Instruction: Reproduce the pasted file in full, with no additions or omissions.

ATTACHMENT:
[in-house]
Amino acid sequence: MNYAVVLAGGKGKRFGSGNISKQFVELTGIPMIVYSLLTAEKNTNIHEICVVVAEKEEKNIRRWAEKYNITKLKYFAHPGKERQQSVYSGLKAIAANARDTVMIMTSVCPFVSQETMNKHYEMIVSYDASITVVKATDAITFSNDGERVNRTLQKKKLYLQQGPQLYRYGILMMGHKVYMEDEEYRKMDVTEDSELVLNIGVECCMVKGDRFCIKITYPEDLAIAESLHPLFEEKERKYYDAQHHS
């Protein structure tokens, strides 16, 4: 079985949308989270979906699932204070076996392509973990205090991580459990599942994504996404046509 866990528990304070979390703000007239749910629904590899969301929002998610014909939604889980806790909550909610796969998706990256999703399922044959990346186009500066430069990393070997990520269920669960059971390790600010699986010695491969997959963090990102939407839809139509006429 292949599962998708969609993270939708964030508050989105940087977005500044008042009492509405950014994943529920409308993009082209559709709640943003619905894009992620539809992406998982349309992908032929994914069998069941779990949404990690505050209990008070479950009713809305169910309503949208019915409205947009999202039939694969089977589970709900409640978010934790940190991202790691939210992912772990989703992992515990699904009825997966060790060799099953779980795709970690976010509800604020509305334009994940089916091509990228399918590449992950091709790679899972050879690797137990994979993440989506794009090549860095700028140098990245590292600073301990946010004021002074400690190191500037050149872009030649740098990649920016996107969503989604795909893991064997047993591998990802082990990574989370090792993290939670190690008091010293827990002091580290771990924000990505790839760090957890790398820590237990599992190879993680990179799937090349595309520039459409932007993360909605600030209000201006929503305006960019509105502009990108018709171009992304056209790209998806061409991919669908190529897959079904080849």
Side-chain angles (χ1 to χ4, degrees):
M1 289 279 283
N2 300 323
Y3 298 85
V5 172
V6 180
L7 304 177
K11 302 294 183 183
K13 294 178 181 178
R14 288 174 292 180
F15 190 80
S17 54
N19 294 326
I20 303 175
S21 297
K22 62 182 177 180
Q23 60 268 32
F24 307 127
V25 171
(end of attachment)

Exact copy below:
[in-house]
Amino acid sequence: MNYAVVLAGGKGKRFGSGNISKQFVELTGIPMIVYSLLTAEKNTNIHEICVVVAEKEEKNIRRWAEKYNITKLKYFAHPGKERQQSVYSGLKAIAANARDTVMIMTSVCPFVSQETMNKHYEMIVSYDASITVVKATDAITFSNDGERVNRTLQKKKLYLQQGPQLYRYGILMMGHKVYMEDEEYRKMDVTEDSELVLNIGVECCMVKGDRFCIKITYPEDLAIAESLHPLFEEKERKYYDAQHHS
């Protein structure tokens, strides 16, 4: 079985949308989270979906699932204070076996392509973990205090991580459990599942994504996404046509 866990528990304070979390703000007239749910629904590899969301929002998610014909939604889980806790909550909610796969998706990256999703399922044959990346186009500066430069990393070997990520269920669960059971390790600010699986010695491969997959963090990102939407839809139509006429 292949599962998708969609993270939708964030508050989105940087977005500044008042009492509405950014994943529920409308993009082209559709709640943003619905894009992620539809992406998982349309992908032929994914069998069941779990949404990690505050209990008070479950009713809305169910309503949208019915409205947009999202039939694969089977589970709900409640978010934790940190991202790691939210992912772990989703992992515990699904009825997966060790060799099953779980795709970690976010509800604020509305334009994940089916091509990228399918590449992950091709790679899972050879690797137990994979993440989506794009090549860095700028140098990245590292600073301990946010004021002074400690190191500037050149872009030649740098990649920016996107969503989604795909893991064997047993591998990802082990990574989370090792993290939670190690008091010293827990002091580290771990924000990505790839760090957890790398820590237990599992190879993680990179799937090349595309520039459409932007993360909605600030209000201006929503305006960019509105502009990108018709171009992304056209790209998806061409991919669908190529897959079904080849």
Side-chain angles (χ1 to χ4, degrees):
M1 289 279 283
N2 300 323
Y3 298 85
V5 172
V6 180
L7 304 177
K11 302 294 183 183
K13 294 178 181 178
R14 288 174 292 180
F15 190 80
S17 54
N19 294 326
I20 303 175
S21 297
K22 62 182 177 180
Q23 60 268 32
F24 307 127
V25 171